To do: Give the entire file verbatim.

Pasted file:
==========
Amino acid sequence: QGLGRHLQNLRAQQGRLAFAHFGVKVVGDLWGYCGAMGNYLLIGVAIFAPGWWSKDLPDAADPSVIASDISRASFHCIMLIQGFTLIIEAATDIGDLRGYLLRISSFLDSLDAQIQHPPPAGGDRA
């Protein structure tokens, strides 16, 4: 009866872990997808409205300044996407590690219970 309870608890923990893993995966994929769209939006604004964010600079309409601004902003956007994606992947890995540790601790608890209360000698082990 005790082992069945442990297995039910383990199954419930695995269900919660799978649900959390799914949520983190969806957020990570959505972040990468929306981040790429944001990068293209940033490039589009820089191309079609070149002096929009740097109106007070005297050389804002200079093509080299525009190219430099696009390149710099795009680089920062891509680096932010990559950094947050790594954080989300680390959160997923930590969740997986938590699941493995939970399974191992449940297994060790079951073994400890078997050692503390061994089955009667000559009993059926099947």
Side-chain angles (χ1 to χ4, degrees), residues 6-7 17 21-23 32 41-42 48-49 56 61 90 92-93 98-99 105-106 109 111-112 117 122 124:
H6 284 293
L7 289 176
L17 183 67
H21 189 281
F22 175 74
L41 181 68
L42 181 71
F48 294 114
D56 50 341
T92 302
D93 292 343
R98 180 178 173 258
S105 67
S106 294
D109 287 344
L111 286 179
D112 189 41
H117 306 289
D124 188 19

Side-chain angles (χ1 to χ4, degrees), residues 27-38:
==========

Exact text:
Amino acid sequence: QGLGRHLQNLRAQQGRLAFAHFGVKVVGDLWGYCGAMGNYLLIGVAIFAPGWWSKDLPDAADPSVIASDISRASFHCIMLIQGFTLIIEAATDIGDLRGYLLRISSFLDSLDAQIQHPPPAGGDRA
């Protein structure tokens, strides 16, 4: 009866872990997808409205300044996407590690219970 309870608890923990893993995966994929769209939006604004964010600079309409601004902003956007994606992947890995540790601790608890209360000698082990 005790082992069945442990297995039910383990199954419930695995269900919660799978649900959390799914949520983190969806957020990570959505972040990468929306981040790429944001990068293209940033490039589009820089191309079609070149002096929009740097109106007070005297050389804002200079093509080299525009190219430099696009390149710099795009680089920062891509680096932010990559950094947050790594954080989300680390959160997923930590969740997986938590699941493995939970399974191992449940297994060790079951073994400890078997050692503390061994089955009667000559009993059926099947």
Side-chain angles (χ1 to χ4, degrees), residues 6-7 17 21-23 32 41-42 48-49 56 61 90 92-93 98-99 105-106 109 111-112 117 122 124:
H6 284 293
L7 289 176
L17 183 67
H21 189 281
F22 175 74
L41 181 68
L42 181 71
F48 294 114
D56 50 341
T92 302
D93 292 343
R98 180 178 173 258
S105 67
S106 294
D109 287 344
L111 286 179
D112 189 41
H117 306 289
D124 188 19

Side-chain angles (χ1 to χ4, degrees), residues 27-38: